Suresh Bandara is a great tour leader. He went beyond the call of duty several times to ensure comfort and well-being to the tour members from arranging a quick neck massage before departure to tracking down some aloe vera cream (and actual plant leaves!) at 8pm for a sunburn. He works very hard to make sure the tour members are having a great time and he provides excellent information. He is very open to answering questions about Sri Lanka and Sri Lankans and he's inquisitive about our home countries and customs as well. He's always trying to learn new English phrases he can use with future groups. Every day he made sure my husband and I had either a "king's bed" or two twins pushed together. That really meant a lot to us.
The only point I would like to see more of is a better idea of the day's itinerary when we meet for breakfast. With the Trip Notes I knew where we were going, but I wasn't sure of the timing. Would we get to the hotel in the early afternoon? Have the activity before or after lunch? How long (approximately time and distance) would we travel that day? I know I am more interested in time than many people on holiday, but I like to have a good understanding of the process. A simple "Today we drive approximately 30 minutes to this temple then drive 1 hour to the hotel. We'll check in and have time for lunch and a swim before we meet again at 3pm for the afternoon activity" would be helpful for me.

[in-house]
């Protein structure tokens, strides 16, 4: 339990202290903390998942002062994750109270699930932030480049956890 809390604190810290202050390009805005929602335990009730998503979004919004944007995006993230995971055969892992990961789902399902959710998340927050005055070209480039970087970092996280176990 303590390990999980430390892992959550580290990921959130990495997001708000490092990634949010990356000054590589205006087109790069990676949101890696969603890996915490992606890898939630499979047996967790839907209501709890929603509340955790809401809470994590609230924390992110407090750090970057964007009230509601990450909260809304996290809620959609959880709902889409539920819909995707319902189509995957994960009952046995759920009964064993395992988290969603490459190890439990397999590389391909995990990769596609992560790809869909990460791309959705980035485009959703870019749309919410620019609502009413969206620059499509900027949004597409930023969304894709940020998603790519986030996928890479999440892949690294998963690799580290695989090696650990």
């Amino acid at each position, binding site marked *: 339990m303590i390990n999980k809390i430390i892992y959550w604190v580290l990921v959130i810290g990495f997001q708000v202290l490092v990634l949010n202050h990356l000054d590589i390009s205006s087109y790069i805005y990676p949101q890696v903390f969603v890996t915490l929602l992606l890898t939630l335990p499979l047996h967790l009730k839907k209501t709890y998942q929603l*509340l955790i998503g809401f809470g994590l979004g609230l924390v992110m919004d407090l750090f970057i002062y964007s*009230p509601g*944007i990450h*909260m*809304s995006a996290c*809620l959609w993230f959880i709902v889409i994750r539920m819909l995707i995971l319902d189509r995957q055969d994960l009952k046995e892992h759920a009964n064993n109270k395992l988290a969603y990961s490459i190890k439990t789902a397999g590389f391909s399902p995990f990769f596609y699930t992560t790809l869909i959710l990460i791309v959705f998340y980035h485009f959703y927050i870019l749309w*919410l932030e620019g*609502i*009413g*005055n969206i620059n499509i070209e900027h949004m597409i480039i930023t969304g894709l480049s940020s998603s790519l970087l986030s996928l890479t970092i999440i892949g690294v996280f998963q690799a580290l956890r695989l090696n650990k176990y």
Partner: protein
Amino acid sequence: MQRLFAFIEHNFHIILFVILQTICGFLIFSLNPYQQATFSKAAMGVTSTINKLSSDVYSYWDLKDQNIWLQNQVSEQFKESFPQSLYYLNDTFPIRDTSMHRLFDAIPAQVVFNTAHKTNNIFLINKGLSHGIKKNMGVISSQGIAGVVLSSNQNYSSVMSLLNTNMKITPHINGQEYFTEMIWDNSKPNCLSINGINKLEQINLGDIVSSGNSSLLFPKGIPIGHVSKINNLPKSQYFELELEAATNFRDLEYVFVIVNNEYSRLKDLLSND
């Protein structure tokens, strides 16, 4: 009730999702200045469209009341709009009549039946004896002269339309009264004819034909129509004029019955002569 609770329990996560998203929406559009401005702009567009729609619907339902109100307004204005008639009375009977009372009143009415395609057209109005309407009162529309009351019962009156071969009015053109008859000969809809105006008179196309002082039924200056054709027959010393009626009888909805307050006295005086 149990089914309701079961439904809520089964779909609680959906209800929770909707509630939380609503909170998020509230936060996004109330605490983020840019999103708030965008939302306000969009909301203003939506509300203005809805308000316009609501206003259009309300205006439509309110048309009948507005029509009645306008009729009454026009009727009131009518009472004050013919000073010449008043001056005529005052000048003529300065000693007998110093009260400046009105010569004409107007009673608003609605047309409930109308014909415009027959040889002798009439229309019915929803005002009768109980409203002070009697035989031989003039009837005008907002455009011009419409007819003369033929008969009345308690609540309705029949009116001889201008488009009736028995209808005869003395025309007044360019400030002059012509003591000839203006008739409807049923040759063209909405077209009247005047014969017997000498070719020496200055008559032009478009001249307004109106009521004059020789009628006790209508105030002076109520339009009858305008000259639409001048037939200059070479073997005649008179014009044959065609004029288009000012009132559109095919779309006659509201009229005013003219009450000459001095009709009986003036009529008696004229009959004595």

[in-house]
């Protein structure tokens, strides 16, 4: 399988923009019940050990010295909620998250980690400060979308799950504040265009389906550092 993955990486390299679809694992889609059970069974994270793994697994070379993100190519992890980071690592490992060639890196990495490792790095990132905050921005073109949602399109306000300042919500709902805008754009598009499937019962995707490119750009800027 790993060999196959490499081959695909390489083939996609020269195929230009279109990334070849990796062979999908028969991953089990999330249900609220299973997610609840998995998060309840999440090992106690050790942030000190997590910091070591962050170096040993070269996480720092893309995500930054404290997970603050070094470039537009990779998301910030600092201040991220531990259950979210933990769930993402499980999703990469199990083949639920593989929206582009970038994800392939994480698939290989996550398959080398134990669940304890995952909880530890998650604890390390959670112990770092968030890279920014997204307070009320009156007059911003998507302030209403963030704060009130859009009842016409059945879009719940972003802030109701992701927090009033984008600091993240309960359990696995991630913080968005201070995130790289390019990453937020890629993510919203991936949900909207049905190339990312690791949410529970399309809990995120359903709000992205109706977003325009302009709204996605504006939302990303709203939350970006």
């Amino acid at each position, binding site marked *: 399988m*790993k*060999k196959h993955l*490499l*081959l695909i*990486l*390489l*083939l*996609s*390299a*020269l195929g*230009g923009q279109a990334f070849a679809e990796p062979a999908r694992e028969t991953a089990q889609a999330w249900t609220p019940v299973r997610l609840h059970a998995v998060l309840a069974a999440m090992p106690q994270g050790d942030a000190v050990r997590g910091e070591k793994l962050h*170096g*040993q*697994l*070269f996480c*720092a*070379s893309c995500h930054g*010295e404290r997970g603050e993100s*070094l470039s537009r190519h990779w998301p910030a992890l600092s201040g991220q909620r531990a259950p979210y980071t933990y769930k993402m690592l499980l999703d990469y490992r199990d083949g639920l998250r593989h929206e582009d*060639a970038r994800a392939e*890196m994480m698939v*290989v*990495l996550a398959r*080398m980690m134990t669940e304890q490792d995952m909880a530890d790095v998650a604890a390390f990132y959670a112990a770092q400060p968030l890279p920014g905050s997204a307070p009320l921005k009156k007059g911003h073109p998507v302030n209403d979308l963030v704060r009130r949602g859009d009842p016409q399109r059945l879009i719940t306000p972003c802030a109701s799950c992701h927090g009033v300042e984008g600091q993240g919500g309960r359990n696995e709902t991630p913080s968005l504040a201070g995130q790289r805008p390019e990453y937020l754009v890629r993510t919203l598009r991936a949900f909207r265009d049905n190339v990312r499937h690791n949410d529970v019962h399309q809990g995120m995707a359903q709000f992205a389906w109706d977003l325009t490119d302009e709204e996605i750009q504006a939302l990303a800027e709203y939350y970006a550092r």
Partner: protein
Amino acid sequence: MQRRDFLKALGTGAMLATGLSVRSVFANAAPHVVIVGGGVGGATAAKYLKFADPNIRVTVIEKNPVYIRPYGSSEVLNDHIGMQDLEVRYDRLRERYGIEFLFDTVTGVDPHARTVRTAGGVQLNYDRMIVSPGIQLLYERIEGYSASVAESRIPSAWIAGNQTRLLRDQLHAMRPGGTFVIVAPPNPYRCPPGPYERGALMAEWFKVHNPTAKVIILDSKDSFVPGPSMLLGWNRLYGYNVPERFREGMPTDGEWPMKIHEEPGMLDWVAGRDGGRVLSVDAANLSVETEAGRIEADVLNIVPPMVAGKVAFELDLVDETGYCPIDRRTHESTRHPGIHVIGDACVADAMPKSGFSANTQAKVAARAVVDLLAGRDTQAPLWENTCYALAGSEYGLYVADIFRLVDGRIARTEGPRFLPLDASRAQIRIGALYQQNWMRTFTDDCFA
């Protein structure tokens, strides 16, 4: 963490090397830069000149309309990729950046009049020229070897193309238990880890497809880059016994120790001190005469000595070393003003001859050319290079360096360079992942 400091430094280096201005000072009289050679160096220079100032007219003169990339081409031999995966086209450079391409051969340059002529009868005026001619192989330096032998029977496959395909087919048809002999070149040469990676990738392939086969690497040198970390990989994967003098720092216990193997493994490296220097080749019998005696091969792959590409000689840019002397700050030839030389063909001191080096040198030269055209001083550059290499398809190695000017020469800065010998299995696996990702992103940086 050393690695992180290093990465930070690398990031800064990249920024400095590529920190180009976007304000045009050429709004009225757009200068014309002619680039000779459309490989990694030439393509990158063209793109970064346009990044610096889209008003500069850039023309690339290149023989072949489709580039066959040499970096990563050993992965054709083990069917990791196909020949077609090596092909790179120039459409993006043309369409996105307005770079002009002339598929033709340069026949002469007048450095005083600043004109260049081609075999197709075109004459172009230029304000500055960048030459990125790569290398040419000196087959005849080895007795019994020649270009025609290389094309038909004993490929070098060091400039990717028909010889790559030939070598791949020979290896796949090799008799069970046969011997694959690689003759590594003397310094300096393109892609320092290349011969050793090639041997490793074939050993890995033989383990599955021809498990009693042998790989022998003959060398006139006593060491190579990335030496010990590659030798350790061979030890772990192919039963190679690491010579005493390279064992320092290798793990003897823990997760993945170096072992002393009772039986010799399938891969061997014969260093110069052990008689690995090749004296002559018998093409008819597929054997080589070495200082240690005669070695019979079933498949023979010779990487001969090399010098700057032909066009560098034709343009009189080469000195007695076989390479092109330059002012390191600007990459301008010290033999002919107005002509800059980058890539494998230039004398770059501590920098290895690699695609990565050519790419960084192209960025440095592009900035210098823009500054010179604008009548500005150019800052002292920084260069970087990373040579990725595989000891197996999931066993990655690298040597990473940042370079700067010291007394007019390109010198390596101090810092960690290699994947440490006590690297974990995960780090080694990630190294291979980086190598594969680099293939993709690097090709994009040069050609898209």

I loved the day's "topics" and personal details Suresh shared with us. He is a wonderful guide with great enthusiasm for welcoming and sharing his country with visitors. He has a big heart and his laugh makes everyone laugh with him because he's so happy. He is very generous and gving of more than his time.
"Dinner?" (Wobble-wobble) Ha ha!
For women bring a combination of shorts and capri pants. Trousers were only needed at Nuwara Eliya and when hiking out to World's End (we didn't have Adam's Peak on this itinerary). No shorts or tank tops at temples, but the rest of the time shorts and capris or longish skirt are fine.
For swimming in the river at Kithugala: local women don't wear swimming costumes. They swim in shorts and t-shirts. If you don't want stares from local men, dress modestly. The local guys think it's OK and flattering to say, "Hey, Hottie!" and whistle. On the rafting trip you'll have the chance to jump out and swim in the river. Dress accordingly.
At the Hill Club Dining Room: No clothes to lend for women-we just need to be dressed "suitably enough" to accompany the men. For men: they have jackets, ties and shoes to lend, but no collared shirts or trousers. Make sure you have the appropriate collared shirt and trousers wtih you and you can borrow the rest. National dress ok for both men and women. No sandals or trainers on men. If you're not dressed suitably, you'll have to eat in the casual dining room.
On the safari in Yala NP: bring a bandana or something to cover your face while driving down the dusty roads or you'll be coughing out orange dust after! Also bring a plenty of sunscreen-you'll need it. A 1L refillable water bottle is also helpful.